Alexandra Petri, a columnist at the Washington Post, wrote an interesting article at the end of June in which she discusses the need for humanities studies as we move into the future as a society. By far the best part of her argument is this:
My biggest problem with all the people speaking up to defend the Humanities is that they seem to be coming at it from the wrong end of the telescope. “The future will still need the human skills that the liberal arts promote, and perhaps will need them more than ever: skills in communication, interpretation, linking and synthesizing domains of knowledge, and imbuing facts with meaning and value.” Is that really all it is? I didn’t realize I was gaining skills in imbuing facts with meaning and value. I thought I was lucky to get to reach back 300 years or 3,000 years and see how the people alive at that time struggled with the most fundamental and fascinating questions of existence [...]. In a nutshell — What is human?
If you don’t realize that these disciplines are inherently exciting because they have a monopoly on these questions, [...] I quake for the Humanities.
I'm just now getting around to piping up with my two cents because, well, I was too busy doing the things that humanities-centric people do: reading, writing, no 'rithmatic. In other words, I was:
- conducting research for a paper I'm writing about Madonna's Ray of Light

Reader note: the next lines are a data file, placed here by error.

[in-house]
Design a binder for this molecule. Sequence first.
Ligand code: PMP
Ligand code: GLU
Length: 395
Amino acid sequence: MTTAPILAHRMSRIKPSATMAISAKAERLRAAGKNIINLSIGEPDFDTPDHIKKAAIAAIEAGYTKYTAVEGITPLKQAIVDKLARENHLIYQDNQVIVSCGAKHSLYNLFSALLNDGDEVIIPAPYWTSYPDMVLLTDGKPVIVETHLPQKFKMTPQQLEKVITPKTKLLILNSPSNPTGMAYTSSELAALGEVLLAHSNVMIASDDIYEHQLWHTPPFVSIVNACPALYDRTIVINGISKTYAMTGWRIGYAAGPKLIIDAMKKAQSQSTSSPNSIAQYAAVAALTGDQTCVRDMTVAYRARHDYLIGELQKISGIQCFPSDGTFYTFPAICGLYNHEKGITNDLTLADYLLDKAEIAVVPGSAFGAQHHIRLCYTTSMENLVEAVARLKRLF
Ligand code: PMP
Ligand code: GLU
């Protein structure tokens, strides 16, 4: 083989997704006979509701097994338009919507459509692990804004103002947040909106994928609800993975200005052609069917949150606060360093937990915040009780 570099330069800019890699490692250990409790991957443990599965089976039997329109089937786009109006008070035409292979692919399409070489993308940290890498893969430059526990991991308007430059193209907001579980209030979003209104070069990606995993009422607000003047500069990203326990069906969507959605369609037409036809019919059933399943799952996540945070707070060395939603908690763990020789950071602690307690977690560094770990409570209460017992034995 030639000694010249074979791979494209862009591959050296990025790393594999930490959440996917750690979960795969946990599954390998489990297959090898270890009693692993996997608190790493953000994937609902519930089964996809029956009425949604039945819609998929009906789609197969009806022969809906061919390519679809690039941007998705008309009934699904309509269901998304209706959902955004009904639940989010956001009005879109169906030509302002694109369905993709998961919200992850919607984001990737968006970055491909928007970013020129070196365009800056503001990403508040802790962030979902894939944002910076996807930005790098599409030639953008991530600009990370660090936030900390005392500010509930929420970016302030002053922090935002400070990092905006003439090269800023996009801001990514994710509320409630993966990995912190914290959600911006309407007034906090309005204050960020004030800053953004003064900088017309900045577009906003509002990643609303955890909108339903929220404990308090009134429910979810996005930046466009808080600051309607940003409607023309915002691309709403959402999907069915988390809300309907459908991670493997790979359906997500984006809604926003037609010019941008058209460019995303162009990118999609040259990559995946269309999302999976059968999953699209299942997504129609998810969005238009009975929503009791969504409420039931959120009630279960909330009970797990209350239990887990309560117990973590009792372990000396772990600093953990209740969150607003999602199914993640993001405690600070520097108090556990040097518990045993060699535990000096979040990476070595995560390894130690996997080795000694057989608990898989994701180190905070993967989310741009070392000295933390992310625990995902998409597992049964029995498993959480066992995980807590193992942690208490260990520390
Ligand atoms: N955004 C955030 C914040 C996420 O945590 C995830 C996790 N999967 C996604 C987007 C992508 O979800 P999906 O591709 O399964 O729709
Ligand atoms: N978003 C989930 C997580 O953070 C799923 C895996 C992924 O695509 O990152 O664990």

- rewatching the Harry Potter movies
- promoting a book I recently edited
- pondering the cosmos
Okay, that last one is an exaggeration. But think about what I WAS doing:
- reaching out to people with my words
- helping to expand the understanding we have of popular culture
- reexperiencing something that changed the world
- contributing to the discussion of a very important topic
- bringing joy to readers by helping someone share his work
This probably makes me sound a little snobby, like I have a very high opinion of myself and my activities. But please don't misunderstand. This is how I feel about the humanities on a general level. I have the same amount of respect for the sciences, because they expand our knowledge of the physical universe, and that's important, too.
What I do not respect, however, is the way the humanities are consistently shunted aside in favor of other things. The humanities are the best way we have to understand ourselves as humans. That's why they're called humanities.